top of a yurt

Retrofits and Life Hacks for a Groovy Yurt: Insights from 5 years of Yurt-Life

This is the 3rd instalment of our customer experience blog series written by Beige, who lives full time, off-grid in a Groovy Yurt. 

 

The traditional Mongolian yurt is a beautiful structure made of natural materials and enhanced by hand-painted designs on the Huns and door.

I quite enjoy the rustic feel, the rawness of the materials and knowing that owning one supports the people overseas who are building them.

A Groovy Yurts kit is complete with all the pieces one needs to have a functional structure. That said, there are many things one can do to modify their Groovy Yurt to make it more suitable to their environment and modern life. Here are some of the retrofits I have made to my yurt.

Tension Ropes

Mongolian yurt componentsSince I live alone in my yurt, I have found it challenging to tighten the outer tension ropes myself.

To remedy this, I put a simple loop at one end of the tension ropes and used that loop to attach ratchet straps. The ratchet straps allow me to easily and quickly adjust the tension of my outer tension ropes.

Waterproofing the Toono

When I purchased my yurt, the Toono (center ring of the yurt) came with four inserts that fit into the openings of the Toono.

These inserts had a flexible, translucent plastic to let some light in but keep the rain and critters out. The problem with the inserts is that water still found its way to the inside of the yurt through the space between the inserts and the Toono.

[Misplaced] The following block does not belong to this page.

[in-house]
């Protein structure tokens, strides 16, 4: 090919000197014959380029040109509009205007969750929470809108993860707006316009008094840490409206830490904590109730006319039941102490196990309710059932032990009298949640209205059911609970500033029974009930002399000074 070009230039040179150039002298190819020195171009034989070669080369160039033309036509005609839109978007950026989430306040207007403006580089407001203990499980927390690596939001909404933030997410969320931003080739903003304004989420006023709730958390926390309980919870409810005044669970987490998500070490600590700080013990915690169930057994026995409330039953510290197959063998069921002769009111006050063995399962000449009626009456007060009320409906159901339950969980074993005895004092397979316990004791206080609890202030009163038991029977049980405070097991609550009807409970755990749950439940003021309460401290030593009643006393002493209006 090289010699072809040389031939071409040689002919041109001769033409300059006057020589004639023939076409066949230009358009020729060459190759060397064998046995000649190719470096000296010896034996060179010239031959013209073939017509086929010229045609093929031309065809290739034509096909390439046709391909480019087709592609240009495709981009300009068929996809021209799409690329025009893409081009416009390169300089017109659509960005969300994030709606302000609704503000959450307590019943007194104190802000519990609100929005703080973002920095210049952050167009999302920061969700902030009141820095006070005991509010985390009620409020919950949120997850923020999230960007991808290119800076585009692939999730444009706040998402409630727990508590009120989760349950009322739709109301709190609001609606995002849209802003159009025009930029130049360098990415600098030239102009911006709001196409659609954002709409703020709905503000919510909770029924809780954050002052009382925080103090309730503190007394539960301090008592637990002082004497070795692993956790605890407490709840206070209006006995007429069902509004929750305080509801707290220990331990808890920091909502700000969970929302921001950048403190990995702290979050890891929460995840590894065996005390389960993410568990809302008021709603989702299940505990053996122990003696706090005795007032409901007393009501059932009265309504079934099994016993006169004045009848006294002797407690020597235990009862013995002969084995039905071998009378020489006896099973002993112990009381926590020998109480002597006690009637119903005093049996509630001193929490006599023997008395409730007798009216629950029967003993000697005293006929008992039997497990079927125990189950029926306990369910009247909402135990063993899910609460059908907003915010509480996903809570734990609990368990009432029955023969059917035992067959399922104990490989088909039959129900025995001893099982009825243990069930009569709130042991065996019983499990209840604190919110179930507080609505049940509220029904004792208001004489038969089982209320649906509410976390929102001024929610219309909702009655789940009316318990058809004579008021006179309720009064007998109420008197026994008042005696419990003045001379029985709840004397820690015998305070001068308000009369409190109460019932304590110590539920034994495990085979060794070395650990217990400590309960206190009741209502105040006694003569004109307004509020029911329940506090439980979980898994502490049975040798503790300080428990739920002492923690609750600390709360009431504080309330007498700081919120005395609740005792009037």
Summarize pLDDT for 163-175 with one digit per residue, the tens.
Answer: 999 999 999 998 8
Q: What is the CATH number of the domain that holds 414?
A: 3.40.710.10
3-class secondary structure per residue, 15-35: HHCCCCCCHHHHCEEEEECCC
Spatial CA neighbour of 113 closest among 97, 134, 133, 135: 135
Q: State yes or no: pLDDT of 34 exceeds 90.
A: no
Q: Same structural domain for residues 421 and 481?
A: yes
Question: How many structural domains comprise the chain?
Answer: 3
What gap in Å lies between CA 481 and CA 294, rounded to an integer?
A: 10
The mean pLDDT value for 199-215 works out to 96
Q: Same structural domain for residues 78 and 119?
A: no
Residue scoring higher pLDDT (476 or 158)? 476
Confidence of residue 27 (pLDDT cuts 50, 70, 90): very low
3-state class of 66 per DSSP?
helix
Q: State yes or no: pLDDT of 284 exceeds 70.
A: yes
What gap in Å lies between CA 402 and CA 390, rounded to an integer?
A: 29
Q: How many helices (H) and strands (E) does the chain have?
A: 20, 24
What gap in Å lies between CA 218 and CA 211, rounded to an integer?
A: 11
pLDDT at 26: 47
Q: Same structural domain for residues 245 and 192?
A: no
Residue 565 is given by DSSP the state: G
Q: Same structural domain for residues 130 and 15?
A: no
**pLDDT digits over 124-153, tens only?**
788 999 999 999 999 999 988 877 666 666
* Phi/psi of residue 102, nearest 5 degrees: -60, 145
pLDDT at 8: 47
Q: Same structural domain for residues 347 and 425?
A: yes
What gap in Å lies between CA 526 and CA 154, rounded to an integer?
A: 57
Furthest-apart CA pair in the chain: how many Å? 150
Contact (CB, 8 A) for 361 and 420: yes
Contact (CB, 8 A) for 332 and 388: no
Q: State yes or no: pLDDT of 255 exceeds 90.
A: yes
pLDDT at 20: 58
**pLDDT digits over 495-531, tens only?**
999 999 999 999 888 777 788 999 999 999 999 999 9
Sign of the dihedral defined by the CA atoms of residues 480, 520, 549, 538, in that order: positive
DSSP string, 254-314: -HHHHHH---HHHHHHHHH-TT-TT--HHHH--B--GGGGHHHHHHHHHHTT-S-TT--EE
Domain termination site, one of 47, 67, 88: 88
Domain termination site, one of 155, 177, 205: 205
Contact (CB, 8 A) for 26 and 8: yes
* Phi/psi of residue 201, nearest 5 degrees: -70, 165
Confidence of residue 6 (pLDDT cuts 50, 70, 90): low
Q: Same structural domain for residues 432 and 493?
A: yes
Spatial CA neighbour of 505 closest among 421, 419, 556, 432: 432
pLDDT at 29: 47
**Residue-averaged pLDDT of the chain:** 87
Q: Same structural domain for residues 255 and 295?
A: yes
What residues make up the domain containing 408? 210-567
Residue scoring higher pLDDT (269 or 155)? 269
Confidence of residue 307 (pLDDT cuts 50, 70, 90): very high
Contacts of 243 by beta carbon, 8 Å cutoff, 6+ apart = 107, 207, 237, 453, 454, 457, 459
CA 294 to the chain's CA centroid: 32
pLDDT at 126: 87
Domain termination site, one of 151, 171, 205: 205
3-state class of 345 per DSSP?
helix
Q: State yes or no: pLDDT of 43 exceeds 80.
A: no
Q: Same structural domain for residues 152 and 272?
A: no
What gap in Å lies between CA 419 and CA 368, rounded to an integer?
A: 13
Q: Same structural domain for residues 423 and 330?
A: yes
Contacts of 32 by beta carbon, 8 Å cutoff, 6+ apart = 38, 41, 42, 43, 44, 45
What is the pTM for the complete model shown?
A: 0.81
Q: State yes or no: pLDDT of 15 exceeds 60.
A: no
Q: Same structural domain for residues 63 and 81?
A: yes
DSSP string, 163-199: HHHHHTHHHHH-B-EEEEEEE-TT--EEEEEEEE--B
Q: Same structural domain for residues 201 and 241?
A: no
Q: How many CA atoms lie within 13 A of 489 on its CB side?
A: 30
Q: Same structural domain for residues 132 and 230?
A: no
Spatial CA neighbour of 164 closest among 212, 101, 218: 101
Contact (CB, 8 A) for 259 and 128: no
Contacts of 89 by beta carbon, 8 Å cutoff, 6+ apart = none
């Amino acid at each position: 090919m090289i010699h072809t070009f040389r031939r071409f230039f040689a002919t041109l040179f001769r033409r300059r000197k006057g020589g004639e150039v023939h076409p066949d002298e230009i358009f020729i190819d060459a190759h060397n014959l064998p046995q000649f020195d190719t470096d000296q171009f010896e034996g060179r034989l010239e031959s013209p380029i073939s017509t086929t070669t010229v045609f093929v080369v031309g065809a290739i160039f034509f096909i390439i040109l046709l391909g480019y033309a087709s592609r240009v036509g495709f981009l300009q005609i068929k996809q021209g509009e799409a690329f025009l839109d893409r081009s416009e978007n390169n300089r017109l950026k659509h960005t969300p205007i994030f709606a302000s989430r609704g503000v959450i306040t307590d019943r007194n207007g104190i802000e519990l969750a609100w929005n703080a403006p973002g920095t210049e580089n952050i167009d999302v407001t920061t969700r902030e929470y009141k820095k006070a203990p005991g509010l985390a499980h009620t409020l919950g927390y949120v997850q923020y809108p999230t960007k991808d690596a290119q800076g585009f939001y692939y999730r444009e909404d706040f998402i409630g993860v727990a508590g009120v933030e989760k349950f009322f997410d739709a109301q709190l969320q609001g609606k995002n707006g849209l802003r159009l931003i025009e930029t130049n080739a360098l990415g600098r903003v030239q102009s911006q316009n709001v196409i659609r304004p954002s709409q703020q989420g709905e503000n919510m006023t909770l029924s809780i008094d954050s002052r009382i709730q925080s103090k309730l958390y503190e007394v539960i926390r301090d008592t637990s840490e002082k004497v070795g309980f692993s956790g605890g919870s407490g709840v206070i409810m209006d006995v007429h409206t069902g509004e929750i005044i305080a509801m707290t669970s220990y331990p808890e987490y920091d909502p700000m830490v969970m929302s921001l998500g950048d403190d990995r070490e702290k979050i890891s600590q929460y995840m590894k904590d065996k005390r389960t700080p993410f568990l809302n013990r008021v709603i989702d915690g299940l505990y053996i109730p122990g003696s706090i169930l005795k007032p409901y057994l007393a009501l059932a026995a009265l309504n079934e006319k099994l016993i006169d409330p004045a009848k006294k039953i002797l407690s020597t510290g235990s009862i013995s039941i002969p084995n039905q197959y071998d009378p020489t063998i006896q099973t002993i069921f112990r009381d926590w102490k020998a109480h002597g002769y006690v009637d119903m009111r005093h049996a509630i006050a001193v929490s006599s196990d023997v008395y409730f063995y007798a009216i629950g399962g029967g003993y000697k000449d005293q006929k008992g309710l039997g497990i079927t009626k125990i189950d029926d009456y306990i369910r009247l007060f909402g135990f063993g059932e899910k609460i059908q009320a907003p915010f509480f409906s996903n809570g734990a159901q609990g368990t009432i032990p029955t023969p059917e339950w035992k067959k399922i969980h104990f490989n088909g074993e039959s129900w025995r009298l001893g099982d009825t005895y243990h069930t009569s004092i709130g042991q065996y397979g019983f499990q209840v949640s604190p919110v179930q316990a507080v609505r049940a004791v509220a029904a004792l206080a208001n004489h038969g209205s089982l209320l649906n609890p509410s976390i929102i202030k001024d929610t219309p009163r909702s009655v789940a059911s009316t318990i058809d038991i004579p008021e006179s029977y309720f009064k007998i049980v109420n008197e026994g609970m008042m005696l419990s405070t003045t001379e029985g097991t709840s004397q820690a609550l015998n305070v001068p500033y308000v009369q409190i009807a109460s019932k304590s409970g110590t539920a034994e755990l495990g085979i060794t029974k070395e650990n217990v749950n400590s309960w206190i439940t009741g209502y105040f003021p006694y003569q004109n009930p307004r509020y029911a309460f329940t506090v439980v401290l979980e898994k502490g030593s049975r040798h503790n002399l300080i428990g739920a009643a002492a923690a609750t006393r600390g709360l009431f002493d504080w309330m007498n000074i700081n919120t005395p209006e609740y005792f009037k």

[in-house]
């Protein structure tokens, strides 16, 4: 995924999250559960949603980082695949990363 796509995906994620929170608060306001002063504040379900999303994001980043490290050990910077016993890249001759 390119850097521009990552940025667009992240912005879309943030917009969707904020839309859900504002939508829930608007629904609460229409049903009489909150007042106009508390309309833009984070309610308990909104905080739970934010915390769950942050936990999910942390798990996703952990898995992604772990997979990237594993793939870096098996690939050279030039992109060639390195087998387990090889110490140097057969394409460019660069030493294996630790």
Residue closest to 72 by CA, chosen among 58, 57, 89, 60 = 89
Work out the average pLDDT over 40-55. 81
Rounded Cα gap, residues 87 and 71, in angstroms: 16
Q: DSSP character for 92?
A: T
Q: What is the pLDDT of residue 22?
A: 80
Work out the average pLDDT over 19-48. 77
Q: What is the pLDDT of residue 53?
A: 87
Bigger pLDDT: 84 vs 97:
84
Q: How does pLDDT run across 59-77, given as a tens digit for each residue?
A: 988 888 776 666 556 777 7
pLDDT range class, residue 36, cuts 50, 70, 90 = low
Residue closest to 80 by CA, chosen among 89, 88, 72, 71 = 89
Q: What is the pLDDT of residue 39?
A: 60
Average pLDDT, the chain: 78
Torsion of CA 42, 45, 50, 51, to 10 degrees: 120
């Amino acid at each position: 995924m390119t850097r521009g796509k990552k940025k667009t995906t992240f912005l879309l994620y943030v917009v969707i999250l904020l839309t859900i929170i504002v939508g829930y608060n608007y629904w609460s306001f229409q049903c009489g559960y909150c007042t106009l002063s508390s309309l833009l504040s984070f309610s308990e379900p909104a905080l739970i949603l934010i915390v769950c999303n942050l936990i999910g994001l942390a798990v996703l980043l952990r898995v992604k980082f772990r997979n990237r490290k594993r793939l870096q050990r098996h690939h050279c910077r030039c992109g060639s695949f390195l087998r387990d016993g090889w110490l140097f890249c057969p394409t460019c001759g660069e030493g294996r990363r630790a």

My solution was to take the inserts out entirely and cover the outside of the Toono with plexiglass.

This task proved to be a bit difficult due to the curvature of the Toono, and I ended up cutting a separate piece of plexiglass for each of the sections I covered. I then drilled pilot holes in the plexiglass and into the appropriate spots in the Toono, then secured the plexiglass pieces with roofing screws.

other outside layer of a yurtFinally, I applied a generous coat of caulking around each section of plexiglass to ensure that water would not be able to find its way inside. I chose to install plexiglass on 3 of the 8 Toono sections because 4 of them were already covered by the canvas Urgh (the piece of canvas covering the Toono), and one of the sections has my chimney pipe coming from it.

Plexiglass was a suitable choice for this as it’s transparent and lets lots of light in, is flexible and can be bent a little bit to curve with the Toono and can be cut to any size.

If you are doing a retrofit similar to the one described above, you might consider covering all of the sections of the Toono with plexiglass.

The benefits to this would be: preventing water from entering the yurt when the Urgh shifts, holding heat better during cold months and providing the option to take the Urgh off to allow more light to enter.